People and institutions have at least one thing in common: when they start out, they don’t even think about lasting 100 years.
After the years have rolled by, though, planning a centennial celebration is difficult due to that natural lack of forethought.
A case in point is the upcoming 100th birthday for The Forge, Santa Barbara High School’s student newspaper. Said to be California’s second-oldest school paper, The Forge’s longevity will be recognized on Oct. 17-18 by both its current staff and by the Santa Barbara High School Alumni Association.
Sharon Henning, alumni membership chairwoman, is coordinating the celebration. Thanks to current Forge faculty adviser Otto Layman and last year’s staff, she has at her disposal a composite list of almost 1,700 students and faculty members who served the paper at some point between 1914 and now.
“Contacting them, especially those from somewhat distant decades, is one of our biggest problems,” Henning noted, acknowledging that most from the 1930s on back have passed away.
Sun City, Texas, resident Bob Wakefield, then known as Bob Johnson, was editor-elect of The Forge in 1947-1948 school year. He has stepped up and started “surfing the web” to locate various people on the master list.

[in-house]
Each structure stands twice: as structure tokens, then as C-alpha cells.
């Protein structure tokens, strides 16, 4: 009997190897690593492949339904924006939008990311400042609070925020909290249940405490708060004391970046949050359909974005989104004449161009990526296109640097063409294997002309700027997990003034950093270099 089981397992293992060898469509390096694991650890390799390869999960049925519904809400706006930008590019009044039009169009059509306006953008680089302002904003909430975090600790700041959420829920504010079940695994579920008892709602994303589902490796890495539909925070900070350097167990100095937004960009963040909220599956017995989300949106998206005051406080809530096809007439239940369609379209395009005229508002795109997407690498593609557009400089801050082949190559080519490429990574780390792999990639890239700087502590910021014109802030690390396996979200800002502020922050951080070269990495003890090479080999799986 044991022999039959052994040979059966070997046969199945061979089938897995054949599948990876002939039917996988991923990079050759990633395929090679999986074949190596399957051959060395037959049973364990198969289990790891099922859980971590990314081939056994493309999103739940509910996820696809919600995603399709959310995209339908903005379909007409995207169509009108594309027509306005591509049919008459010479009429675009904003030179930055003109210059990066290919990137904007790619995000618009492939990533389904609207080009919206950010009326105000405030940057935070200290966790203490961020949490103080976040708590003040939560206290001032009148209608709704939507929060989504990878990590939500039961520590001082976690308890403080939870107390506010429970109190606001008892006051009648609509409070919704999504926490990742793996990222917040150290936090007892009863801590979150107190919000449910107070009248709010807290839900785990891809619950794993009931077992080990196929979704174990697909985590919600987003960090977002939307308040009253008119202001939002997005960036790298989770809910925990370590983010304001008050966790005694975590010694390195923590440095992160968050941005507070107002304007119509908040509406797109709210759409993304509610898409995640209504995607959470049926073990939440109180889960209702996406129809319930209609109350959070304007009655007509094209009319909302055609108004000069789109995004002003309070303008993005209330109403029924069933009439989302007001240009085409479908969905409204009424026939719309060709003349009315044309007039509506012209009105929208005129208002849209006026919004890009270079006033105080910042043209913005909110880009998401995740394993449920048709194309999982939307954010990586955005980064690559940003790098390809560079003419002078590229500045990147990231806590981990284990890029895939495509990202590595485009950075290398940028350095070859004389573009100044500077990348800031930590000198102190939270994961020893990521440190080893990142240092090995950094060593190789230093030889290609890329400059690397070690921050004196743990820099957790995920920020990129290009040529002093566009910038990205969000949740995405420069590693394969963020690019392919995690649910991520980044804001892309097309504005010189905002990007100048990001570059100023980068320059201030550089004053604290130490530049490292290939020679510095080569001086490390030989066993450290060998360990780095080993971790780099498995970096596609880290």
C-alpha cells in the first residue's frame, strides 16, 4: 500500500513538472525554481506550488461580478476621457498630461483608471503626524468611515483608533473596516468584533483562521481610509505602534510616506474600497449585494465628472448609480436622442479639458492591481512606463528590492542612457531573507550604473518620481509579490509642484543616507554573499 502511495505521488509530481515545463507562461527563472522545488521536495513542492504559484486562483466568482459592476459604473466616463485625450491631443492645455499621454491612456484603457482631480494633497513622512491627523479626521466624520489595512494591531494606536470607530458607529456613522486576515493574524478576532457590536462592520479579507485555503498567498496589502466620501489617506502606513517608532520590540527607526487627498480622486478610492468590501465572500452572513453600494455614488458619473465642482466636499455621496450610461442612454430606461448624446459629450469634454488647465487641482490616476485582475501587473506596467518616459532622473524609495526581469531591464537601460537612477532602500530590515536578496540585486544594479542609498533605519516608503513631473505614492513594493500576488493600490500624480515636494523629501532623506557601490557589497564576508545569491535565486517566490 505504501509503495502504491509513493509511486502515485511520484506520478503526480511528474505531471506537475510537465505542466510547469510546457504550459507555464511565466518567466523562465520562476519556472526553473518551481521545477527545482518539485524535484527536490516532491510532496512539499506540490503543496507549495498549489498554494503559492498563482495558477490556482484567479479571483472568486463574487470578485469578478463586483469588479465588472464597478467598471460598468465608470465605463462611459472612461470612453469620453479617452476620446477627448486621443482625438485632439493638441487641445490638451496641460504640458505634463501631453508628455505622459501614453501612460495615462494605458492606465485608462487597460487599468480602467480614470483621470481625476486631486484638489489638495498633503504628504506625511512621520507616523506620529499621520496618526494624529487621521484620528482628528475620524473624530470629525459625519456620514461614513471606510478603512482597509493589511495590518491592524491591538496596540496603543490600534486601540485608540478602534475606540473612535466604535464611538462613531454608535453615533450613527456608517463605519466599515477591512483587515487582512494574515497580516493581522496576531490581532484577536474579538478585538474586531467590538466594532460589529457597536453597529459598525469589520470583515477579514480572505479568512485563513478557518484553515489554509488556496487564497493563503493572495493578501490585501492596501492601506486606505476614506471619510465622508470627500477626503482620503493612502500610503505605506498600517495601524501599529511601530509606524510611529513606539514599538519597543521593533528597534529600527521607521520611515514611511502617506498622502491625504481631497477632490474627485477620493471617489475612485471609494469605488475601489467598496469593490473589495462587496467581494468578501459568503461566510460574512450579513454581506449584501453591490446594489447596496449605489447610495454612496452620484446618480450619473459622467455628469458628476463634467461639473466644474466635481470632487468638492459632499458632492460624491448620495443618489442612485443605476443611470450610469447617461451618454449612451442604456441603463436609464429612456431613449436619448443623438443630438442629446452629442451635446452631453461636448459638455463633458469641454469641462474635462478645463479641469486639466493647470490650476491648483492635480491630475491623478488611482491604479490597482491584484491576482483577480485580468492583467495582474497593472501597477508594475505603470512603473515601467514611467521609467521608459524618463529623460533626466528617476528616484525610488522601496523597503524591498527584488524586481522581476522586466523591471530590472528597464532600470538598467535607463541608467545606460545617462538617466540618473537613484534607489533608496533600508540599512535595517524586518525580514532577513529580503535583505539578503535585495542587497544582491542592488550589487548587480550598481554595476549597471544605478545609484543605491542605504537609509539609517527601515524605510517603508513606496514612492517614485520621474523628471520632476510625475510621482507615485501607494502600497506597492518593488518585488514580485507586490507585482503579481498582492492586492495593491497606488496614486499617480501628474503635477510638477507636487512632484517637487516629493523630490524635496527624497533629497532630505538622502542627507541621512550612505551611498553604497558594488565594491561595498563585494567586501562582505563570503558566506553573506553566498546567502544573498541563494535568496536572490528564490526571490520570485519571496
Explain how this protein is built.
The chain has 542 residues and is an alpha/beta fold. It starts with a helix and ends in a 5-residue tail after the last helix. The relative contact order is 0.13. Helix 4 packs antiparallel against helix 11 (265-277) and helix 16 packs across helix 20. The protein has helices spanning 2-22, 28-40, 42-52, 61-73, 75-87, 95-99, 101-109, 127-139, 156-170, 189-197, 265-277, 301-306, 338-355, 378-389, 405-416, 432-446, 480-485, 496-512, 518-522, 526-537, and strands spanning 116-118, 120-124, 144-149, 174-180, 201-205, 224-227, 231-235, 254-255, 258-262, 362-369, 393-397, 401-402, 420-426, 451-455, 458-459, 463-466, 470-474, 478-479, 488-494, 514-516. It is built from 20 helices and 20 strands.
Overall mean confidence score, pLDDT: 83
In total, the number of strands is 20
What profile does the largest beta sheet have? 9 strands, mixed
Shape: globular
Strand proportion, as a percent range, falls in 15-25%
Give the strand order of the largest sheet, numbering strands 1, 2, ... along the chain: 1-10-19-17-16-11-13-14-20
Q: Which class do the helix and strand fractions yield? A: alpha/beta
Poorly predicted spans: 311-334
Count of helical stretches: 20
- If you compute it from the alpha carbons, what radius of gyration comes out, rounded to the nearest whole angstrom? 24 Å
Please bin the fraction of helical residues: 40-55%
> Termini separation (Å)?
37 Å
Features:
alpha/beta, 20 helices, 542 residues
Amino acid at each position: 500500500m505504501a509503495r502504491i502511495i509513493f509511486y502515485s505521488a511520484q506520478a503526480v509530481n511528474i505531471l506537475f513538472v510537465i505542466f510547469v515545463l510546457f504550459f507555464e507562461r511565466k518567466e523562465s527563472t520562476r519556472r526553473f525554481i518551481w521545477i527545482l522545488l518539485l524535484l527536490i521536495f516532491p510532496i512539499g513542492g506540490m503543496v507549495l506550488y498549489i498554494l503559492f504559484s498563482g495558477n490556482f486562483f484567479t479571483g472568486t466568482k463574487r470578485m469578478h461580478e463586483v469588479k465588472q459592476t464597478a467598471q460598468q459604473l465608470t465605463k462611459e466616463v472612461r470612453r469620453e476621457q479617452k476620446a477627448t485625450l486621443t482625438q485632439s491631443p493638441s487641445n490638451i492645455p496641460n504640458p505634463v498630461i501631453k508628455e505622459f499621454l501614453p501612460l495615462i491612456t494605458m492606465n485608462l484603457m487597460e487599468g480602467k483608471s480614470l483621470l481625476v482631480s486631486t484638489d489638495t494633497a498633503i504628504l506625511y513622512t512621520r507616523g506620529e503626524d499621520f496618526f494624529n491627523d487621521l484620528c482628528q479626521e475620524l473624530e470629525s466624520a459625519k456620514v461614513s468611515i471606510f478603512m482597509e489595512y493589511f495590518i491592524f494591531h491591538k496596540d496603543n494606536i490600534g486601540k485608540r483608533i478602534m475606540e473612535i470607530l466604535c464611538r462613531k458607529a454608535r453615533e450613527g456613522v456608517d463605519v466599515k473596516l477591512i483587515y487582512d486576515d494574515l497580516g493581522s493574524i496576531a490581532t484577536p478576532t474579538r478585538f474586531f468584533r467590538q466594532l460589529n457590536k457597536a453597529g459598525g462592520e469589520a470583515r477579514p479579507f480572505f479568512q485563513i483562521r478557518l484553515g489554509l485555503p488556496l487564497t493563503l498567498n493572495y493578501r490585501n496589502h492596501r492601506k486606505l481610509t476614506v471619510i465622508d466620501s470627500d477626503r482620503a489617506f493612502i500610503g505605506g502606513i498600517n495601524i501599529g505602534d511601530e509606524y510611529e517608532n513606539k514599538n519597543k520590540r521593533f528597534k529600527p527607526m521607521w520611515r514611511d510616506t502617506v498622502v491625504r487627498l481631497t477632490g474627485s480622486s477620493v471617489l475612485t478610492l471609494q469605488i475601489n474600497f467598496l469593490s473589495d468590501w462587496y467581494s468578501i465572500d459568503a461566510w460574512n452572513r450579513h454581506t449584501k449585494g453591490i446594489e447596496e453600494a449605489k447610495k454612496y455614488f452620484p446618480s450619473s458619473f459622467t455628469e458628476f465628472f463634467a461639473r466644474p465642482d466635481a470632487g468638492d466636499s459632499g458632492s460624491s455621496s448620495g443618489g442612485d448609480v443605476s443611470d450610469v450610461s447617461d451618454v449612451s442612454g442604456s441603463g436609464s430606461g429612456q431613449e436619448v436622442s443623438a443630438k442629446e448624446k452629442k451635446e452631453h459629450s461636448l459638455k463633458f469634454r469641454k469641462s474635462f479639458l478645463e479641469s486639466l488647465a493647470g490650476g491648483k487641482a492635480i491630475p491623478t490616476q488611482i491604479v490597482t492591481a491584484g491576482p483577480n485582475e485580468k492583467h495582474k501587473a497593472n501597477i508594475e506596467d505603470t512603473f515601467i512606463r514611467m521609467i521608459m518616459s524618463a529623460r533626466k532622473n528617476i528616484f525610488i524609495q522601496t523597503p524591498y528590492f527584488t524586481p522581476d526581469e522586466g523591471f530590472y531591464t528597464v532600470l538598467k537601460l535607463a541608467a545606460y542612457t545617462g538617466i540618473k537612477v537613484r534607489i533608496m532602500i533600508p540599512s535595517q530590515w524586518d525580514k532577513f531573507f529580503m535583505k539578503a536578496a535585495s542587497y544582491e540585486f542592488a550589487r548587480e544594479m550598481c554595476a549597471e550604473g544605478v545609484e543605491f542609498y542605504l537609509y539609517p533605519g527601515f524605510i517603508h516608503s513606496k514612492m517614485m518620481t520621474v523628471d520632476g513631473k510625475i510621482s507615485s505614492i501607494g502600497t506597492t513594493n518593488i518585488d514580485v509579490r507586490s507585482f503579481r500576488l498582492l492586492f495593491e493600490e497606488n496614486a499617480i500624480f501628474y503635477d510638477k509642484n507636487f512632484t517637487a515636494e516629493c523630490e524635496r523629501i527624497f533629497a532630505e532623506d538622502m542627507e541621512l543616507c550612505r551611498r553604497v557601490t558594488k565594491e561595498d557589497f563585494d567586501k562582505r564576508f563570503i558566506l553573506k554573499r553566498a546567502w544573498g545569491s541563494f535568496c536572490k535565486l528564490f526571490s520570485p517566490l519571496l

“This is a purely voluntary effort for everyone, but for me at least it’s also a labor of love,” Wakefield admitted. “I treasure my time with The Forge. It has links to a large part of my later life.”
When Wakefield began his research, he already had contacts with about six former Forge members from his time. As a result, he began searching for all members of a given year’s staff and got stymied more often than not.
“I learned my lesson early, though, and switched to locating just each year’s editor — or in a few cases, co-editors,” he said. “That’s been hard enough. It has taken hours using a variety of search engines, some free, some requiring subscriptions, to find a single person.
“Still, almost all whom I have contacted were appreciative and supplied personal background information.”
Many of them, it turns out, have gone into adult careers that involve writing. There are historians, authors, magazine writers and public relations people among former editors and staffers contacted from the 1940s through the ’70s.
With the celebration nearing and many former staffers perhaps still not aware of the centennial, Henning has advice for anyone interested in attending or at least learning more.
“Write the SBHS Alumni Association, PO BOX 6121, Santa Barbara, CA 93160-6121 or email email@example.com,” she said.